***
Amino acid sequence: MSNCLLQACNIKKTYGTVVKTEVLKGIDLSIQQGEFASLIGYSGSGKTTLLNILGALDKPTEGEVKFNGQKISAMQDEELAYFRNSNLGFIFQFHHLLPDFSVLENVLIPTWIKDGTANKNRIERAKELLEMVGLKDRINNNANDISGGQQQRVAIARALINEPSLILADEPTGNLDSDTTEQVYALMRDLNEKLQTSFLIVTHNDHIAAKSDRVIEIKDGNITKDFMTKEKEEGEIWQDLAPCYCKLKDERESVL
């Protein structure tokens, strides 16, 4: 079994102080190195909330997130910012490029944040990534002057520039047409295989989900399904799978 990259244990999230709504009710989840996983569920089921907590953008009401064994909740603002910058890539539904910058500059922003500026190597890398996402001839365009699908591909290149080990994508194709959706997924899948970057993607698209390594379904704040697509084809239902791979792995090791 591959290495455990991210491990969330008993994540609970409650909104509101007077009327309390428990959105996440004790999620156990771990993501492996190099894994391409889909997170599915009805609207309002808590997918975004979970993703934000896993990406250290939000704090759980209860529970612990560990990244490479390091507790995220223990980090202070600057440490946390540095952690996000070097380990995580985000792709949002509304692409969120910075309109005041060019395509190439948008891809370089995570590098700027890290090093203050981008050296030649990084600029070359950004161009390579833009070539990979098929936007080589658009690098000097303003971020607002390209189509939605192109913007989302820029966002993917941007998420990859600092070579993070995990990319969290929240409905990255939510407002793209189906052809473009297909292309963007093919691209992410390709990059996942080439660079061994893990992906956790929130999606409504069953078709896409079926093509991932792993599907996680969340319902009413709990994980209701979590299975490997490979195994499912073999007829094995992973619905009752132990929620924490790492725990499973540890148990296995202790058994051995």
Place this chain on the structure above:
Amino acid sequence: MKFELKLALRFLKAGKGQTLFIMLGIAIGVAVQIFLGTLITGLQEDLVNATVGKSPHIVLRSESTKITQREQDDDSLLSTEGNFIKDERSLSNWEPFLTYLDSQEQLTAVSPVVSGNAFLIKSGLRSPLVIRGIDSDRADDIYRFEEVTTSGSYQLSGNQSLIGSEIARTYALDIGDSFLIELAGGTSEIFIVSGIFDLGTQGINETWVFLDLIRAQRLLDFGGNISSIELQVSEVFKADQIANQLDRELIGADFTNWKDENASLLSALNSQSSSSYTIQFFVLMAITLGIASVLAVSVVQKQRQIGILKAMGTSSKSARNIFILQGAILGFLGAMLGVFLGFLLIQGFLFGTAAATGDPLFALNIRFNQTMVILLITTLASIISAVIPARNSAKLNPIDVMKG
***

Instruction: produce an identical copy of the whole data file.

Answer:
Amino acid sequence: MSNCLLQACNIKKTYGTVVKTEVLKGIDLSIQQGEFASLIGYSGSGKTTLLNILGALDKPTEGEVKFNGQKISAMQDEELAYFRNSNLGFIFQFHHLLPDFSVLENVLIPTWIKDGTANKNRIERAKELLEMVGLKDRINNNANDISGGQQQRVAIARALINEPSLILADEPTGNLDSDTTEQVYALMRDLNEKLQTSFLIVTHNDHIAAKSDRVIEIKDGNITKDFMTKEKEEGEIWQDLAPCYCKLKDERESVL
């Protein structure tokens, strides 16, 4: 079994102080190195909330997130910012490029944040990534002057520039047409295989989900399904799978 990259244990999230709504009710989840996983569920089921907590953008009401064994909740603002910058890539539904910058500059922003500026190597890398996402001839365009699908591909290149080990994508194709959706997924899948970057993607698209390594379904704040697509084809239902791979792995090791 591959290495455990991210491990969330008993994540609970409650909104509101007077009327309390428990959105996440004790999620156990771990993501492996190099894994391409889909997170599915009805609207309002808590997918975004979970993703934000896993990406250290939000704090759980209860529970612990560990990244490479390091507790995220223990980090202070600057440490946390540095952690996000070097380990995580985000792709949002509304692409969120910075309109005041060019395509190439948008891809370089995570590098700027890290090093203050981008050296030649990084600029070359950004161009390579833009070539990979098929936007080589658009690098000097303003971020607002390209189509939605192109913007989302820029966002993917941007998420990859600092070579993070995990990319969290929240409905990255939510407002793209189906052809473009297909292309963007093919691209992410390709990059996942080439660079061994893990992906956790929130999606409504069953078709896409079926093509991932792993599907996680969340319902009413709990994980209701979590299975490997490979195994499912073999007829094995992973619905009752132990929620924490790492725990499973540890148990296995202790058994051995």
Place this chain on the structure above:
Amino acid sequence: MKFELKLALRFLKAGKGQTLFIMLGIAIGVAVQIFLGTLITGLQEDLVNATVGKSPHIVLRSESTKITQREQDDDSLLSTEGNFIKDERSLSNWEPFLTYLDSQEQLTAVSPVVSGNAFLIKSGLRSPLVIRGIDSDRADDIYRFEEVTTSGSYQLSGNQSLIGSEIARTYALDIGDSFLIELAGGTSEIFIVSGIFDLGTQGINETWVFLDLIRAQRLLDFGGNISSIELQVSEVFKADQIANQLDRELIGADFTNWKDENASLLSALNSQSSSSYTIQFFVLMAITLGIASVLAVSVVQKQRQIGILKAMGTSSKSARNIFILQGAILGFLGAMLGVFLGFLLIQGFLFGTAAATGDPLFALNIRFNQTMVILLITTLASIISAVIPARNSAKLNPIDVMKG